1. Centrally mounted concentric counters. The result is a dramatically simple dial side. Gone are the sub-counters. All totalisers are concentrically mounted from the center, and all the hands are pivoted in the center. Another chronograph with the similar characteristic is the De Bethune MaxiChrono. But the similarity ends in the concept of concentrically mounted hands/totalisers. The movement design to achieve this is completely different. The MaxiChrono uses a complicated series of 3 column wheels to coordinate the chronograph, while the AgenGraphe uses only one column wheel and a system of snail cams to execute the concept. On an even simpler level, the Sinn EZM 1 features only a minute totaliser hand which is centrally mounted, a small modification they make on the base Lemania 5100 movement.
  2. Novel lateral friction clutch known as the AgenClutch. Traditional horizontal clutch systems of chronographs feature a system where two sets of wheels mash against each other when the chronograph is activated. This often results in the chronograph hands jumping, some noticeably obvious while others are rather small and inconspicuous. The AgenGraph uses a lateral friction clutch, which engages smoothly by friction. The clutch comprise of two tooth-free wheels engaging with each other. The power is transferred from one wheel to the other while coupled by friction. The teeth of the wheels still mash with each other to provide a secure lock, but this happens in when both wheels are already mated by friction coupling and moving at the same speed. The result is a smooth activation of the chronograph hands with no jumping. In case of a shock, the system uses a spring, which Agenhor calls a Double Tulip Spring due to its shape, which allows the two wheels to move to move apart, but stay engaged as the toothed wheels are engaged.
  3. Multi-function snail cams with low torque spiral springs for the reset to zero. The classical chronograph reset mechanism is based on a hammer striking a heart cam to reset the chronograph hand. In the C.6361, the system is replaced by a set of multi-functional snail cams and low torque springs to do the same. Aesthetically, this is also interesting, as the chronograph hands only move in one direction. The reset causes the hand to continue its motion till it reaches zero, unlike traditional systems where the hand reverses direction on the first half and continues to jump to zero on the second half. Functionally, this reduces mechanical stress to the movement. Another benefit of the system is the reset is non-violent.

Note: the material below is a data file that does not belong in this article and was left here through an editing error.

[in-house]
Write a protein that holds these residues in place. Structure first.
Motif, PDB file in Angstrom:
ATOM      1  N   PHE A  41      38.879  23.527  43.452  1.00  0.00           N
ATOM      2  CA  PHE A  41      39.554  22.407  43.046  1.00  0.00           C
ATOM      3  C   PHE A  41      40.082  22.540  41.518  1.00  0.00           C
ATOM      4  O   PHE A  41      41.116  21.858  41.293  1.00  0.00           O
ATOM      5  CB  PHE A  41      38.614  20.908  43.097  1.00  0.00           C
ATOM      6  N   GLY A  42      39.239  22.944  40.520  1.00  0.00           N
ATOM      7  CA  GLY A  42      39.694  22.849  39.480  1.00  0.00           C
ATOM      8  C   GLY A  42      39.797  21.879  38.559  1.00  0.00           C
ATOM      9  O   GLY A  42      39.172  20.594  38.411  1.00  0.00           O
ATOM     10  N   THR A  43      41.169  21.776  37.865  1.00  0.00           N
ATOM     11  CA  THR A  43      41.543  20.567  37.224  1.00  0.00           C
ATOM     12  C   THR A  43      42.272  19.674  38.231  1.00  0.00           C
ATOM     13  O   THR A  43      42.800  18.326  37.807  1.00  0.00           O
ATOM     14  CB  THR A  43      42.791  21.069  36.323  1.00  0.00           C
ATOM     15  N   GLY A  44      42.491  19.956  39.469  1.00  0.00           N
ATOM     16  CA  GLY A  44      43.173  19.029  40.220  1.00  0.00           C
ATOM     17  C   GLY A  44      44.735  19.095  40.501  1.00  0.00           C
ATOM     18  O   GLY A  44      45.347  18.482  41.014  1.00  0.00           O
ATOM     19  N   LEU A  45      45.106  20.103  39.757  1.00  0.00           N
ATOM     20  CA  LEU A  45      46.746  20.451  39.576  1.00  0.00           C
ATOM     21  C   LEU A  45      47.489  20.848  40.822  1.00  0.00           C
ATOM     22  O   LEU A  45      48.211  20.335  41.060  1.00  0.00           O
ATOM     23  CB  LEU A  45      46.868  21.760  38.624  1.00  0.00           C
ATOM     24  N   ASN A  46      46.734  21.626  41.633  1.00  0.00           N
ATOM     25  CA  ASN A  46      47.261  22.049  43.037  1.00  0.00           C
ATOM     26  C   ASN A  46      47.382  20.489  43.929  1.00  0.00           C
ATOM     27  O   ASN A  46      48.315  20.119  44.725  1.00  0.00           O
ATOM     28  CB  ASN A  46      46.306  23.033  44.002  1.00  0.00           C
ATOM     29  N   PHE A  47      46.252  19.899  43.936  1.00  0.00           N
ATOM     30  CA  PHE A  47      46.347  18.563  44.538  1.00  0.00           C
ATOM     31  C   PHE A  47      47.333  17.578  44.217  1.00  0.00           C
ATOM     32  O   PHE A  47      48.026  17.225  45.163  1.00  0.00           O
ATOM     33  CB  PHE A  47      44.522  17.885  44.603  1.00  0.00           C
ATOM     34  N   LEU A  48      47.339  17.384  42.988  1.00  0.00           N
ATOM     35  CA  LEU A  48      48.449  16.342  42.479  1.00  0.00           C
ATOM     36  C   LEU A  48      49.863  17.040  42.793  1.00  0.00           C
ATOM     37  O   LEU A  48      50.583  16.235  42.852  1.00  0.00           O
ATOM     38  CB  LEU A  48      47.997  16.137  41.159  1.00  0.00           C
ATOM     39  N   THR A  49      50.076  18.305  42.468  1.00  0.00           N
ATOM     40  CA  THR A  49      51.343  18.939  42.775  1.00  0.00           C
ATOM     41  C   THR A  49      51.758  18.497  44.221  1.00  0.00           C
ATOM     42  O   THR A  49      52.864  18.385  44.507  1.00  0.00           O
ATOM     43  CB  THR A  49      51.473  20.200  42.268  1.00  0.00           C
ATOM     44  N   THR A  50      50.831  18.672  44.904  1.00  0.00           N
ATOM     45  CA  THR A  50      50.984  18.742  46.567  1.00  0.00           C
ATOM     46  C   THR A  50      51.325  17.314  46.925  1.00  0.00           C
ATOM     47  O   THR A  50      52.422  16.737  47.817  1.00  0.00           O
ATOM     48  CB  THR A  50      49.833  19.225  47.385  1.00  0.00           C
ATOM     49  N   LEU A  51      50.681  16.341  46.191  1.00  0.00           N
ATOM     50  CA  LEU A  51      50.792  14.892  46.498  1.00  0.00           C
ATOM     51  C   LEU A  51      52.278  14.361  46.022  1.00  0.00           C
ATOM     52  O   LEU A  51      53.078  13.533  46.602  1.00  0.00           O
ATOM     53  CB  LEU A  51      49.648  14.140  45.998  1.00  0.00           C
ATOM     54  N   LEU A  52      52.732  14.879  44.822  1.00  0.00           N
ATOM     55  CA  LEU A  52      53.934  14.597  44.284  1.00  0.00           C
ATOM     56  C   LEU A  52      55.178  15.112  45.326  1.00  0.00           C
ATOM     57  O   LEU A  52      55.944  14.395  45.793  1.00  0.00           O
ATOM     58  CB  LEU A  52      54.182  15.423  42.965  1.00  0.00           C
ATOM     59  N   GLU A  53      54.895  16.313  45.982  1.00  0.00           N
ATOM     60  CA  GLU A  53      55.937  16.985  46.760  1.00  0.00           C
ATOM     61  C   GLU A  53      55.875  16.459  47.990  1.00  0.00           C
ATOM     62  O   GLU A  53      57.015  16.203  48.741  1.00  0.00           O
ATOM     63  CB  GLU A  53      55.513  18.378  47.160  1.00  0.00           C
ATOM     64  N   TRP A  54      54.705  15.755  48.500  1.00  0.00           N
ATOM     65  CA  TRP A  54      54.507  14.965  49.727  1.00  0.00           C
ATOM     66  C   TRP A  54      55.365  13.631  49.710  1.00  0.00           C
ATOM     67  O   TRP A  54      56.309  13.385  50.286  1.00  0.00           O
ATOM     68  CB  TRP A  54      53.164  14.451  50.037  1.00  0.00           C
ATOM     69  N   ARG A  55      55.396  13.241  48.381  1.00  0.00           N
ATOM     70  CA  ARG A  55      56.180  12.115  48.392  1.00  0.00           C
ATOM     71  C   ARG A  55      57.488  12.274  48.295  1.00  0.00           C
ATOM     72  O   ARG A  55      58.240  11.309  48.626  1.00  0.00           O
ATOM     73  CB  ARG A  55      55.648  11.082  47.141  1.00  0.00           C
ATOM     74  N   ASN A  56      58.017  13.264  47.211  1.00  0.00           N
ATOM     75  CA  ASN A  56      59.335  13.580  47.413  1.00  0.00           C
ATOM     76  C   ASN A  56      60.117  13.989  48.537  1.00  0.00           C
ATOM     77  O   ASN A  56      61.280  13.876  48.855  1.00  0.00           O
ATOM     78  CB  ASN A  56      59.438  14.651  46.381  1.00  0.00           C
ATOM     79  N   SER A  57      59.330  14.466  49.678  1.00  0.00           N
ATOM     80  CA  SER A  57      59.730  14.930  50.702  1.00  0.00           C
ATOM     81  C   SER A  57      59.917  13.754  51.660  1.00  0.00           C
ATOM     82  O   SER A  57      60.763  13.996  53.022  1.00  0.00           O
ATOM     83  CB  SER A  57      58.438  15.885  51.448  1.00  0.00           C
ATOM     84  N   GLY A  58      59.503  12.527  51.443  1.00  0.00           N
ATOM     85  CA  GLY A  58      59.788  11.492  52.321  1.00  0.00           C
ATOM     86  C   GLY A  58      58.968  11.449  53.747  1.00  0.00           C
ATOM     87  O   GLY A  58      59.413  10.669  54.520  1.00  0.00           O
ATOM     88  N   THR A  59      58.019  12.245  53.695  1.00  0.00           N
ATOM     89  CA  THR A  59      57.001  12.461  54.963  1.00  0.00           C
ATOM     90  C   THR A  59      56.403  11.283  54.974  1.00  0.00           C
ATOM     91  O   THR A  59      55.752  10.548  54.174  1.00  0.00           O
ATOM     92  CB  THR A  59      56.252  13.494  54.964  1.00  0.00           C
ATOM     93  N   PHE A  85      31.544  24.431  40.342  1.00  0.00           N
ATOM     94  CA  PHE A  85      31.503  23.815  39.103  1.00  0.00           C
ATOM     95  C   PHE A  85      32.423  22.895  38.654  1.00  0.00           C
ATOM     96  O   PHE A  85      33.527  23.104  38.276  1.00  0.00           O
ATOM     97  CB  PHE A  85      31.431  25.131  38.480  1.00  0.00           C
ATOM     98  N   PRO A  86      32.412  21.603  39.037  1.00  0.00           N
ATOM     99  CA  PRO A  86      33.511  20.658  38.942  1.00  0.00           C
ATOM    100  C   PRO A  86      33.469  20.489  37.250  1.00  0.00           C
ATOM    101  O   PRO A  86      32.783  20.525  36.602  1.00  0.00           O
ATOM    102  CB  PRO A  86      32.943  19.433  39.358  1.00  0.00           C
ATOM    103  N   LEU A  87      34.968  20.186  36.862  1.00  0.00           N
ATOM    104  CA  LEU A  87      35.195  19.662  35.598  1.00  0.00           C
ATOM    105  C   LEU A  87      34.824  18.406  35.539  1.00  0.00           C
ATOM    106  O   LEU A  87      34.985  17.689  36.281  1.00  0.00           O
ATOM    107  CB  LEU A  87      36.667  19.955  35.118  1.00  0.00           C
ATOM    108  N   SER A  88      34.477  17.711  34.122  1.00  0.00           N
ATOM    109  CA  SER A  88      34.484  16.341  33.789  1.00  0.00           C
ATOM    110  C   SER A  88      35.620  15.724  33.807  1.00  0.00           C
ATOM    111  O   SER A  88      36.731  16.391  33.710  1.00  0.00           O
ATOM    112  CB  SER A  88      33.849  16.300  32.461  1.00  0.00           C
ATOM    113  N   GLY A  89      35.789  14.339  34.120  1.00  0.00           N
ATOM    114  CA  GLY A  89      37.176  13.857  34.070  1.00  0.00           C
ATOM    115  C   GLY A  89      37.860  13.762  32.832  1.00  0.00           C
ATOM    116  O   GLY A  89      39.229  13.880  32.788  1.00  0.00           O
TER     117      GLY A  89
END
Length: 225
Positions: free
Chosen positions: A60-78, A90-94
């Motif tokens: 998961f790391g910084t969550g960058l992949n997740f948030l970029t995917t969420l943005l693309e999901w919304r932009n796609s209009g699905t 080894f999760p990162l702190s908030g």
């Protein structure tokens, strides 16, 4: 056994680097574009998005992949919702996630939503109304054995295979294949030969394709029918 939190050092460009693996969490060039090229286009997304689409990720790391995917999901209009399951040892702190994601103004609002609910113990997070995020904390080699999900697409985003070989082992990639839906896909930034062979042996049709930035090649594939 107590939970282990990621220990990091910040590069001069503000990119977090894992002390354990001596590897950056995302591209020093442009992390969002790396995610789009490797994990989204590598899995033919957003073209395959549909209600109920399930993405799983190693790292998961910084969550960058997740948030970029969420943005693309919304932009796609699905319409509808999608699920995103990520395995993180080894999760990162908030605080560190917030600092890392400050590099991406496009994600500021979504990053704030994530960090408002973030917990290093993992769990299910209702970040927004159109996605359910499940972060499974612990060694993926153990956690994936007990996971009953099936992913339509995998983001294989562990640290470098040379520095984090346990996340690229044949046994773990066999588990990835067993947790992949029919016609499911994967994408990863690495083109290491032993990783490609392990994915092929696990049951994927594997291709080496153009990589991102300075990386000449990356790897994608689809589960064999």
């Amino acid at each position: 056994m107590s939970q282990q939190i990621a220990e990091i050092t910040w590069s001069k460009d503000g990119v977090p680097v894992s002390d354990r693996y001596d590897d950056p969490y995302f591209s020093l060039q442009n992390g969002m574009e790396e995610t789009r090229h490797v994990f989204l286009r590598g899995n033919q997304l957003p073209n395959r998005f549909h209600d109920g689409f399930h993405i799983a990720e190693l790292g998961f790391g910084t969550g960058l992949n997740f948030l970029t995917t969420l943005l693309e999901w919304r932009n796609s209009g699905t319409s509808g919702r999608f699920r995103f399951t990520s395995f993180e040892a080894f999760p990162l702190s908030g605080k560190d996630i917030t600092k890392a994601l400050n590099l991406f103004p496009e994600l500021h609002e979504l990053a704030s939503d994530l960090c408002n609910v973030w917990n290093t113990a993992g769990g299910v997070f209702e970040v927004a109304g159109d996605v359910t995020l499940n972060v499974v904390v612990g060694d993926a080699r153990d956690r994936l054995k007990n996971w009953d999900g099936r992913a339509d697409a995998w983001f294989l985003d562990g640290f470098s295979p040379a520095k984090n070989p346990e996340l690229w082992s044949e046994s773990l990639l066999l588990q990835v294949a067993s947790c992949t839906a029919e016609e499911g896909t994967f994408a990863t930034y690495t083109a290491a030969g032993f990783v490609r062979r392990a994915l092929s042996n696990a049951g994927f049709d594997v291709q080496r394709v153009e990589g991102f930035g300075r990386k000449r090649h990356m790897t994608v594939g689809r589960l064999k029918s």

4. Automatic rotor under the dial, and with no bearings. The automatic rotor comprises of just two metal plates sliding over each other with only a thin film of oil in between. The result is the automatic winding is very quiet.
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We look forward to our time with Fabergé during Baselworld 2017 to photograph and to understand more about the watch. And will be bringing you exclusive technical details of the Fabergé Visionnaire Chronograph in a full hands-on review later.


Specifications of the Fabergé Visionnaire Chronograph


Caliber 6361

Movement specs: 34.4mm, 67 jewels, 477 components, 60 hour power reserve. 21,600 bph.

Decorations: Mainplate is circular grained. Bridges: Côtes de Genève, hand polished chamfers

Functions: Hours, minutes, chronograph with 24 hours, 60 mins, 60 second counters, centrally mounted.

Case: 18 k rose gold and titanium, or black DLC treated ceramic and dark grey DLC treated titanium case. 43mm diameter, with domed sapphire crystal and case back with single-sided anti-reflective treatment.

Crown and pushers: 18k rose gold with rubber crown and 18k rose gold pushers OR Dark grey DLC treated titanium and rubber crown with Dark grey DLC treated titanium pushers.

Dial: Bezel: opaline dial OR black dial with TCI luminescent coating 15 minute indicators. Sapphire with grey metallic treatment on external part and applied numerals with hour indicators. Opaline OR Black opaline decoration applied to the rotor. Chronograph section: opaline OR black opaline with grey OR silvered printed indicators.

Hands: Hours and minutes in brass. Chronograph hands in gilded aluminium with red print.

Strap: Alligator strap with 18k rose gold and titanium Fabergé folding clasp.

Delivery: November 2017



Also published on Medium.